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House prices likely to rise more slowly than household incomes, says Zoopla

Property values are likely to rise more slowly than incomes over the next couple of years, with the typical house price currently sitting at nearly £20,000 above the level that would generally be affordable to households, according to Zoopla.

However, rising incomes and longer mortgage terms are helping to improve affordability, meaning the “over-valuation” of properties is expected to have disappeared by the end of the year, the website said.

Zoopla’s over-valuation estimate was reached by comparing the actual average house price in its index with an “affordable” price, which was calculated based on households’ disposable incomes, average mortgage rates and average deposit sizes for home buyers.

Its report said: “House prices still look expensive on various measures of affordability.


“We expect house price inflation to remain muted, likely to rise more slowly than household incomes over the next one to two years.”

Zoopla said the average house price is around £264,900 – but according to its calculations, the affordable price is £245,200 – making the average home nearly £20,000 over-valued.

The website added that around three-quarters (75%) of the 1.1 million home sales it expects to take place this year are either complete or already in the sales pipeline.

The 1.1 million sales expected would be 10% higher than the total for 2023 but still below the 20-year average, Zoopla said.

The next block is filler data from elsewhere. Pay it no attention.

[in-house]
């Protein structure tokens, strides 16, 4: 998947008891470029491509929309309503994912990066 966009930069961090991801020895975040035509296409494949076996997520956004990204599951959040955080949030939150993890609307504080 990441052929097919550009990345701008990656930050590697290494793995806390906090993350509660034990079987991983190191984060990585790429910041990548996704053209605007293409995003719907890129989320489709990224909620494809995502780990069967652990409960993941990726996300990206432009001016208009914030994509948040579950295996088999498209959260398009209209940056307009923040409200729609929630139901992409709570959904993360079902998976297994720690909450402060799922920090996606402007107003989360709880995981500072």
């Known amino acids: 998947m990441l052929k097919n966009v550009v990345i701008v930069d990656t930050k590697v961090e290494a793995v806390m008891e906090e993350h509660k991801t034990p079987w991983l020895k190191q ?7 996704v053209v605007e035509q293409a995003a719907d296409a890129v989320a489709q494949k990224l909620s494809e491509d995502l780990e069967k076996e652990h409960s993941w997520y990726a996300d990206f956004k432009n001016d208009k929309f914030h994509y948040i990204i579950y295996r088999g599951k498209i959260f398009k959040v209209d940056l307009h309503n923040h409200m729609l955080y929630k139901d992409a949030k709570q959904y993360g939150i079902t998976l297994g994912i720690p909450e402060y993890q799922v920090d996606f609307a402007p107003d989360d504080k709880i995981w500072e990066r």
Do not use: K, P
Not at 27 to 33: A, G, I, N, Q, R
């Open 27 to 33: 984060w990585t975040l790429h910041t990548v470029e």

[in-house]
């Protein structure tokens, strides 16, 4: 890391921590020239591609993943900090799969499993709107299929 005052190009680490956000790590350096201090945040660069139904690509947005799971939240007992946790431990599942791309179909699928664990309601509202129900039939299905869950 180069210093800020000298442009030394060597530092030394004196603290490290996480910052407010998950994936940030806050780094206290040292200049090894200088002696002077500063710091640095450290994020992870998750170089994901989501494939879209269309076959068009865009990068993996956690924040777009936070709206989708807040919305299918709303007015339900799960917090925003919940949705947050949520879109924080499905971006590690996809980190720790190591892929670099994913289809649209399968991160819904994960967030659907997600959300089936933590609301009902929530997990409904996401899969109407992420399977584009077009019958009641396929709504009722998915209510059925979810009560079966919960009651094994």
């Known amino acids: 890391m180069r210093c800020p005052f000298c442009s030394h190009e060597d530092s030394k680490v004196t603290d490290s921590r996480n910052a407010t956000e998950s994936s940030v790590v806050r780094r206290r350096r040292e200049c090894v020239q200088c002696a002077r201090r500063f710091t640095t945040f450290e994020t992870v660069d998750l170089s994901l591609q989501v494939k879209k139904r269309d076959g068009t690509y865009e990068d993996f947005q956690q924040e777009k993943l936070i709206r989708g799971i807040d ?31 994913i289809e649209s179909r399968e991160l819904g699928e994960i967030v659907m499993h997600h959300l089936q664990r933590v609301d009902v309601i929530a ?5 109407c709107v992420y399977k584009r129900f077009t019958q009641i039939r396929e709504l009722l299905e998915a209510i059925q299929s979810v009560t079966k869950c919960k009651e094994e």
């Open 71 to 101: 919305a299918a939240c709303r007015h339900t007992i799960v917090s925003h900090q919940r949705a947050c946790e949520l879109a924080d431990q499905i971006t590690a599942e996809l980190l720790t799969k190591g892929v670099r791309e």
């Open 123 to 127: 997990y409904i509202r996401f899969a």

Its report said: “It is positive that sales are rising despite higher borrowing costs and shows more realism on the part of sellers and renewed, cautious confidence amongst buyers.”

The over-valuation in property prices seen towards the end of 2023 and early 2024 is less severe than in the run-up to the financial crisis in the late 2000s and the late 1980s housing market “bubble”, Zoopla said.

Its report said: “Faster wage growth over the last three years has boosted household disposable incomes and helped offset some of the impact of higher mortgage rates.”

A line graph showing UK interest rates from 2007 to 2024
(PA Graphics)

Richard Donnell, executive director at Zoopla, said: “The housing market continues to adjust to higher borrowing costs through modest house price falls and rising incomes.

“Buyers using mortgages are also relying on longer mortgage terms to gain that extra few percentage points of buying power to afford a home.

“The General Election campaign has had a limited impact on market activity although the seasonal summer slowdown is arriving.

“Sales agreed continued to increase and more homes for sale means more buyers looking to move in the second half of the year. The timing of the first cut in the (Bank of England) base rate is a key moment and will give a boost to both market sentiment and sales activity.”

Tom Bill, head of UK residential research at estate agent Knight Frank, said: “A new government will add a dimension of political stability when the autumn market starts in September and even if the (Bank of England base) rate is not lower by then, a cut will be imminent.

“Given that mortgage rates will steadily reduce as services inflation comes under control, we expect UK house prices to rise by 3% this year.”

Matt Thompson, head of sales at estate agent Chestertons said: “We are now in the last days of the typically busy spring market and are seeing a bounce in buyer activity.

“As the date for the General Election was announced, house hunters who have been on the fence due to political uncertainty have become more confident about going ahead with their purchase. As a result, we expect June to conclude with a heightened level of buyer interest.”

Myles Moloney, area sales manager at estate agent Chase Buchanan, said: “June’s property market to date has remained positive and house hunters with larger equity and buying power have pushed on to agree a sale.”